Experience life on the farm and learn about the benefits of organic farming, as well as meeting a range of farm animals, tasting organic honey straight from the farm’s beehives and enjoying delicious home baking for morning tea. Don’t forget a selfie in the field of sunflowers.
Our visit begins with a welcoming mug of something hot, accompanied by some of Terri’s delicious home baking, while your hosts run through the farm’s safety briefing. Then load onto the farm trailer and you’re off on your farm tour, pausing at stops along the way where Kenny and Terri will demonstrate the principles and advantages of organic farming.
Wharepuke Organic Farm has been owned by Kenny’s family for more than 140 years and is a recent conversion from conventional to organic farming. Activities you will enjoy, depending on the time of year and what’s happening on the farm, include: meeting the four-legged farm animals, feeding Terri’s tame tuna in the dam, tasting organic honey from the farm’s hives.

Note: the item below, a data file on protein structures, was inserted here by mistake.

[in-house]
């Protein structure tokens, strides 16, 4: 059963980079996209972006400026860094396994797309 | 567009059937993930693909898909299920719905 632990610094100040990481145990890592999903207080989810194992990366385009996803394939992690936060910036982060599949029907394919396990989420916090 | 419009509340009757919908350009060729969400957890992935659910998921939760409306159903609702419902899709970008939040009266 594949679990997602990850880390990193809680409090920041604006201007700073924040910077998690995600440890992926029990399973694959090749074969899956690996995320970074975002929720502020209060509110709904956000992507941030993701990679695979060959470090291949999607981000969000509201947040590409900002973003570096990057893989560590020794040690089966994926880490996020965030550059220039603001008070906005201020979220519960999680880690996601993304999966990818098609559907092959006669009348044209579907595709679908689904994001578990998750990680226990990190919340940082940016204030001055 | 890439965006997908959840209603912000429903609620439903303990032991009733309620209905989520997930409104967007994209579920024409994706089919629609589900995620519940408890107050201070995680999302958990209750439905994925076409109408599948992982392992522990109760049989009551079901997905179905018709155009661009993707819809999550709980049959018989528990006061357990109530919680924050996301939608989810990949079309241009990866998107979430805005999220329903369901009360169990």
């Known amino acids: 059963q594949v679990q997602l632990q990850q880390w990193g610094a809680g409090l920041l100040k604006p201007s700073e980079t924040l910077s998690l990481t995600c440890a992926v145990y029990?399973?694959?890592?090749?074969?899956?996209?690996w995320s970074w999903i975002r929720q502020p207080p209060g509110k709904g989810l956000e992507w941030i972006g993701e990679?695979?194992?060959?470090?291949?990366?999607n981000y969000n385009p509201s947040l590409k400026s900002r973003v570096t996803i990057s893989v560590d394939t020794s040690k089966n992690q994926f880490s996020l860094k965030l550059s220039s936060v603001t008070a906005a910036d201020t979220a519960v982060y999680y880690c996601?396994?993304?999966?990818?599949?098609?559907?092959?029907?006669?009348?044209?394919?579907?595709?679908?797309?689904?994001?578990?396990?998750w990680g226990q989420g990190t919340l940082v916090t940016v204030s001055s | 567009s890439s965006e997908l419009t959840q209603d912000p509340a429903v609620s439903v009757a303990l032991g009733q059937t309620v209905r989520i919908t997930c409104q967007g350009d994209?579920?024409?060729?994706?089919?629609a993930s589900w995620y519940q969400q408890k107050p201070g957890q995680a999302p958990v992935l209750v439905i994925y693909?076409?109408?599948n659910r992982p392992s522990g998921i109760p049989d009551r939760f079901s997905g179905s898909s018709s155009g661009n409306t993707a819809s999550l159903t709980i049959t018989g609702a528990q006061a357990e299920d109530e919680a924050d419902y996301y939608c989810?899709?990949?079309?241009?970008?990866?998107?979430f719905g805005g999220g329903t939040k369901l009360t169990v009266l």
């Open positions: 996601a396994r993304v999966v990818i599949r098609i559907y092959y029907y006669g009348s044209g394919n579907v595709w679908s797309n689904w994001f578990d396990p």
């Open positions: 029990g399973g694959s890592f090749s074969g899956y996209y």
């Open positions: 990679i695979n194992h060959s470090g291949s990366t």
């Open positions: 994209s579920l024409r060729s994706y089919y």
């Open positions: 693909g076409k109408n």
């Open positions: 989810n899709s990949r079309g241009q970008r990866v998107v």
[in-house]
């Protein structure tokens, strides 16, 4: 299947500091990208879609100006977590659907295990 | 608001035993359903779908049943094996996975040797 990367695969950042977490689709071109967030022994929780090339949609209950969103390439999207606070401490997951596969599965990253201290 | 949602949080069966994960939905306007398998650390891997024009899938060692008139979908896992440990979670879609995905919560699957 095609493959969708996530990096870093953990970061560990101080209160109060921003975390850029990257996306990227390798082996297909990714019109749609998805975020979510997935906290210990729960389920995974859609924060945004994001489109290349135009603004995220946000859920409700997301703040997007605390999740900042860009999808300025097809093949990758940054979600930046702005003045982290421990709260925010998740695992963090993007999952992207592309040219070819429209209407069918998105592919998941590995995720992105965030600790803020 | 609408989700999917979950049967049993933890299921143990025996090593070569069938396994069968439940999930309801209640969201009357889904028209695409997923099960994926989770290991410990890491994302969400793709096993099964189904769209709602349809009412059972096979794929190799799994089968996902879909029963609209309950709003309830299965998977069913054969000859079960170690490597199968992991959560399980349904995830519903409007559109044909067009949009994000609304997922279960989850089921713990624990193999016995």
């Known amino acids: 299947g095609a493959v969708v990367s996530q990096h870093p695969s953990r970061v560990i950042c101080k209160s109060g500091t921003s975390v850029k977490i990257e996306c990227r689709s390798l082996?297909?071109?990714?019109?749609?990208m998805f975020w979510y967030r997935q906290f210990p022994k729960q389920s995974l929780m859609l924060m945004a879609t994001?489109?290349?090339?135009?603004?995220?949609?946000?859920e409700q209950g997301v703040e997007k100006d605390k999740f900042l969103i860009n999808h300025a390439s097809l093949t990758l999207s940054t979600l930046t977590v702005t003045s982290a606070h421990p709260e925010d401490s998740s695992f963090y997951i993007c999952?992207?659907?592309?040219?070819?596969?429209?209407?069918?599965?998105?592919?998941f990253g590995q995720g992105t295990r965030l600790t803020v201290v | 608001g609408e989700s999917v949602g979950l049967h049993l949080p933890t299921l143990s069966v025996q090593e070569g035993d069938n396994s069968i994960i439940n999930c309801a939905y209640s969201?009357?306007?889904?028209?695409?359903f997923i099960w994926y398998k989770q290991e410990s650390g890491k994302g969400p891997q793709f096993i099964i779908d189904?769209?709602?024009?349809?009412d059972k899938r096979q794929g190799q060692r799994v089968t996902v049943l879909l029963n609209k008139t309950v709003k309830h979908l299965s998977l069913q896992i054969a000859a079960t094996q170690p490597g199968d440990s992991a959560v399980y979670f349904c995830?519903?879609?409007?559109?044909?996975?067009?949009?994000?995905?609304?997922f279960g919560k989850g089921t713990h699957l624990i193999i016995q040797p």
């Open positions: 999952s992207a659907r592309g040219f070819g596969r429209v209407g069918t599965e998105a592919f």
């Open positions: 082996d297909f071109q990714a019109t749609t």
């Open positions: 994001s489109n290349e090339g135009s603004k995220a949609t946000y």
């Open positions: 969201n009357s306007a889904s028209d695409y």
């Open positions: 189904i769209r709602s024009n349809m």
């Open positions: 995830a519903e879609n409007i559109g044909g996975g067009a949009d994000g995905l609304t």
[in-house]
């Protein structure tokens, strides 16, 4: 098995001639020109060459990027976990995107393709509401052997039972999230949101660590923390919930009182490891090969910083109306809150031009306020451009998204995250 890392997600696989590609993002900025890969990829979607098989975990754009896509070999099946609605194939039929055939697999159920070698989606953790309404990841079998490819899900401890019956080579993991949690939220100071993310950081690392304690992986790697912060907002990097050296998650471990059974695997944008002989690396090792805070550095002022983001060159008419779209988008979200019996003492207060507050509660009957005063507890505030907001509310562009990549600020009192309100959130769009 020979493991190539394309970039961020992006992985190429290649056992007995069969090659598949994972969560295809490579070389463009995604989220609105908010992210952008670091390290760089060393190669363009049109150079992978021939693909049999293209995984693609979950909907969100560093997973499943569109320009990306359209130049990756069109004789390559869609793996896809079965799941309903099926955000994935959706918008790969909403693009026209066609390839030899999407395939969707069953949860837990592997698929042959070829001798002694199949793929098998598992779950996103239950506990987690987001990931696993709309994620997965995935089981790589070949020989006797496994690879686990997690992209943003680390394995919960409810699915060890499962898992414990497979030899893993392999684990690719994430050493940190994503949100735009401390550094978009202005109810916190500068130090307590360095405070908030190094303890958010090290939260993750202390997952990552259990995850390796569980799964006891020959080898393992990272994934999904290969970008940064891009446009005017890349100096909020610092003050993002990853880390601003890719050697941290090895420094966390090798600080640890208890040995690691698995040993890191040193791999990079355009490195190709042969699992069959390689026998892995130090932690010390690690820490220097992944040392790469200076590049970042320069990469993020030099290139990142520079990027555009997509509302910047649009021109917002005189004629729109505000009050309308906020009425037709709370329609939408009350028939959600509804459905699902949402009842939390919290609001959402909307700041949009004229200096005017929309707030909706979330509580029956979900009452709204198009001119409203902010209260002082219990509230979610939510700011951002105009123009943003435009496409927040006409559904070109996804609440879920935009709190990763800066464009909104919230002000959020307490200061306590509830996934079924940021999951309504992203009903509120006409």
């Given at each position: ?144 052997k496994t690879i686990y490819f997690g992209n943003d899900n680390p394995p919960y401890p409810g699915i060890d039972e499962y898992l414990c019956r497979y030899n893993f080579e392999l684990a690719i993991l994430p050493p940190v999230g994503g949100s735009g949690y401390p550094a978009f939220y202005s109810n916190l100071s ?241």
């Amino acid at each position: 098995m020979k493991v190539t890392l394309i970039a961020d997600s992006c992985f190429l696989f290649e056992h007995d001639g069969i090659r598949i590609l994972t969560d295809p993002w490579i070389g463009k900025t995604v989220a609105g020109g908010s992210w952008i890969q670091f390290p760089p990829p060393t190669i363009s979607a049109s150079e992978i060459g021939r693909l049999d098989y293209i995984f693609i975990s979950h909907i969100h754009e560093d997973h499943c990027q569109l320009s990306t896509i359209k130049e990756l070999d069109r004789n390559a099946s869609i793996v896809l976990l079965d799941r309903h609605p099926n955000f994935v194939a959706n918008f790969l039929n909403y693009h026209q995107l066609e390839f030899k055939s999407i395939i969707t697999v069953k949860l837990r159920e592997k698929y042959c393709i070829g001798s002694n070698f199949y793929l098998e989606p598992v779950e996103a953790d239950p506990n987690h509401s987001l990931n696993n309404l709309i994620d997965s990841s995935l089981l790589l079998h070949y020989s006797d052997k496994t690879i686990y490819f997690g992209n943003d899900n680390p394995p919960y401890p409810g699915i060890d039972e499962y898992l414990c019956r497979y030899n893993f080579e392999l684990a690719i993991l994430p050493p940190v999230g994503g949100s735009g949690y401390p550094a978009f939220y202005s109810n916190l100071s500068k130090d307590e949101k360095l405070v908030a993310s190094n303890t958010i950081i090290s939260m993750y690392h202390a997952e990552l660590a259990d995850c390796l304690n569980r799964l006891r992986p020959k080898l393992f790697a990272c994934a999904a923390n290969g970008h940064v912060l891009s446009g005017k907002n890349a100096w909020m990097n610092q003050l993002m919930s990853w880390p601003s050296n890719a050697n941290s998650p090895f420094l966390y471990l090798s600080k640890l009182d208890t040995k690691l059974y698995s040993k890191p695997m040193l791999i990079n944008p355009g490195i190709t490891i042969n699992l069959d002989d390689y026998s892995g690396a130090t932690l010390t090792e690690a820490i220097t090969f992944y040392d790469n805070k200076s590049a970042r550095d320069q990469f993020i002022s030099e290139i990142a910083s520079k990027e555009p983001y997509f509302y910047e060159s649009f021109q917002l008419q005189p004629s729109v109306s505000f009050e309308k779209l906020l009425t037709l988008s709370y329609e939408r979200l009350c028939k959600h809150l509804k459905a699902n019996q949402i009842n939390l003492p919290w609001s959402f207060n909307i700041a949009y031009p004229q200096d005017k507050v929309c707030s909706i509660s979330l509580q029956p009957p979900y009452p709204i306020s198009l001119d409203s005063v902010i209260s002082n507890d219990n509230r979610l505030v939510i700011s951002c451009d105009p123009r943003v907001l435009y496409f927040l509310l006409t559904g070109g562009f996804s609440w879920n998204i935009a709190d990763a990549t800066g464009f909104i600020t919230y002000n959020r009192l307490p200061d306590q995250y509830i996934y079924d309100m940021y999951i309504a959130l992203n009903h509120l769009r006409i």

- Respect the environment - You will be out in nature for this experience so please help protect our environment by taking all your rubbish with you.
- Be sun smart - Make sure you bring sunblock to protect yourself from the Kiwi sun (even on cloudy days!)
- Please and thank you - A friendly reminder to use ‘please’ and ‘thank you’ lots for all the people who will be helping you during this experience.
- Wear your old clothes - This is a hands on experience where it's okay to dress casually, as your clothes may get a bit dirty while you're having fun!
- Be a respectful visitor - You will be a guest during this experience, so please be respectful. Two important Māori customs are to take your shoes off indoors and avoid sitting on tables or pillows.
- Be on time - While the experience will be a relaxed one, make sure you allow yourself plenty of time to arrive early so you don't keep your guides and others waiting.
- Sharing kai (food) - You will be sharing food as part of this experience, so please wait until you are invited to eat. There may also be a prayer (karakia) to bless the food before it is eaten.